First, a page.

In the years preceding World War I, the son of a wealthy German merchant travels to a sanatorium in the Swiss Alps to visit his sick cousin, but after contracting tuberculosis himself, he becomes a long term patient among a diverse and philosophically allegorical cast of characters, each struggling to grasp the essential nature of death and existence. Hans Castorp, orphaned after his wealthy parents died while he was still a young boy, is now in his 20s and ready to embark on a promising career as a shipbuilder/architect. But first, he decides to visit his cousin, Joachim, whose tuberculosis has relegated him to the Berghof sanatorium in Switzerland. Hans, who refers to his Hamburg hometown and the surrounding areas as the "flatlands", is startled by how high and deep into the mountains the sanatorium is. It truly feels separated in a way that goes beyond mere geography.
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His cousin is happy to see him and doing relatively fine. In fact, Joachim's tuberculosis appears to be abating in the clean air and healthful atmosphere the Berghof staff works meticulously to sustain. After spending a few weeks visiting, Hans decides it's time to leave and return to the flatlands below, with all the bourgeois obligations that might entail (job, bills, wife, etc.) But Hans has developed some TB symptoms and the doctors persuade him to stay until he feels better, which Hans expects to be just a few short weeks.
There is a strong undercurrent of surreal, metaphysical distortions at the sanatorium. Hans' dreams seem to bleed into reality, and the crassly mundane life he left behind fades further from his thoughts. Aside from the physical and philosophical dislocations, time itself does not seem to flow the same way there as it does elsewhere. Without quite meaning to, Hans ends up staying for seven years.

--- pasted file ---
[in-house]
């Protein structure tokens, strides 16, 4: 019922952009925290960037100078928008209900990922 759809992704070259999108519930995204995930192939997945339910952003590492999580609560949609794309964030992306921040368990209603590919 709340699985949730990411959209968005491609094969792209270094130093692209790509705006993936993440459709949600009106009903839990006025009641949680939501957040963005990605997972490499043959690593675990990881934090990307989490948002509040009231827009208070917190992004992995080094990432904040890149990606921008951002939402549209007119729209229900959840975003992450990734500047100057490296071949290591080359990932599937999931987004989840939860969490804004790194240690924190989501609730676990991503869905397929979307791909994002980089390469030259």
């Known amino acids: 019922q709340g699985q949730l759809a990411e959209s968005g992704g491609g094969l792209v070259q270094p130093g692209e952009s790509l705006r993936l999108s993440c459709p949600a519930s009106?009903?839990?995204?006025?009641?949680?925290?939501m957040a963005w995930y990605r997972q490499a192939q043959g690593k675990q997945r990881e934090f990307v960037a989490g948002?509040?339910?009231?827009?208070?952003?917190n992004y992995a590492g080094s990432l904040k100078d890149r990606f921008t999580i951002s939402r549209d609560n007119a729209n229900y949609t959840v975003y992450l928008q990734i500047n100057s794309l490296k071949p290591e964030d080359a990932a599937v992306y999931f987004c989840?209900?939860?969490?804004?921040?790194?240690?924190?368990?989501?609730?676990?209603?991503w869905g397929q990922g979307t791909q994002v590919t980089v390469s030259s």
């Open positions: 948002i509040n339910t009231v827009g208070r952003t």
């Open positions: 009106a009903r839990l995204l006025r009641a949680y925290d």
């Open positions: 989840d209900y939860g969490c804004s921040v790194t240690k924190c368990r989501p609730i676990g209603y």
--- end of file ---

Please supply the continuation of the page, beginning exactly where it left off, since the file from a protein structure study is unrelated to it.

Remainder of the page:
During this time, he meets various other patients who represent the intellectual modes then reigning in Europe. There is Settembrini, the classical Humanist, who believes in the secular, life-affirming principles of the Enlightenment. There is Naptha, the radical Marxist, ready to tear down the existing social structures for something better -- anything better. And then there are Clawdia Chauchat, the seductress Hans becomes infatuated with, and her pleasure-seeking lover, Peeperkorn.
Throughout, Hans becomes increasingly obsessed with death and decay, a self-destructive morbidity that the other characters either share or attempt to dispel. This is especially true after his cousin succumbs at last to his illness. Hans' infatuation with Chauchat also grows. Despite coming close several times to returning his affections, she never quite does so, and this ambiguity tantalizes and unsettles Hans. She is only ever outwardly affectionate to Peeperkorn, a strong believer that there is nothing worthy in life but pleasure, and Chauchat indulges him in this. At first everyone, including Hans, is awed by the man's confidence and bombast. But Peeperkorn is revealed to be less than a worthy model when he commits suicide soon after arriving at Berghof.
The novel ends with Hans finally becoming healthy enough to leave. But as he is leaving, World War I breaks out. Hans, inspired by his now-dead cousin, who had been a dutiful soldier, volunteers for the army. He is soon shipped out to the front lines. And despite all he has gone through in Berghof, whatever insights about himself and life he may have gleaned, the last pages strongly imply that Hans goes off to die in the trenches.
Best part of story, including ending:
It's a tough read, but well worth the effort. This is a true philosophical epic.
Best scene in story:
There are few traditionally structured and narrated scenes, but the most effective has to be the scene where one of the female patients, a devout Catholic, is receiving her deathbed rites of prayer and communion. The intensity of her impending death is deeply powerful.
Opinion about the main character:
Hans is the perfect character for this kind of work. Curious but naive, reserved but not indifferent. He is supposed to be relatively submerged into the point of view of the reader, so that both, together, can go through the novel's educational journey.
Hans Castorp goes to visit his cousin in a TB sanatorium and ends up staying there a long, long time. He becomes embroiled in a struggle for his soul between several men who personify the intellectual currents in Europe before the First World War. He suffers unrequited love for a woman in the sanatorium but his sexuality remains ambiguous.
The review of this Book prepared by Florence Rose Delaney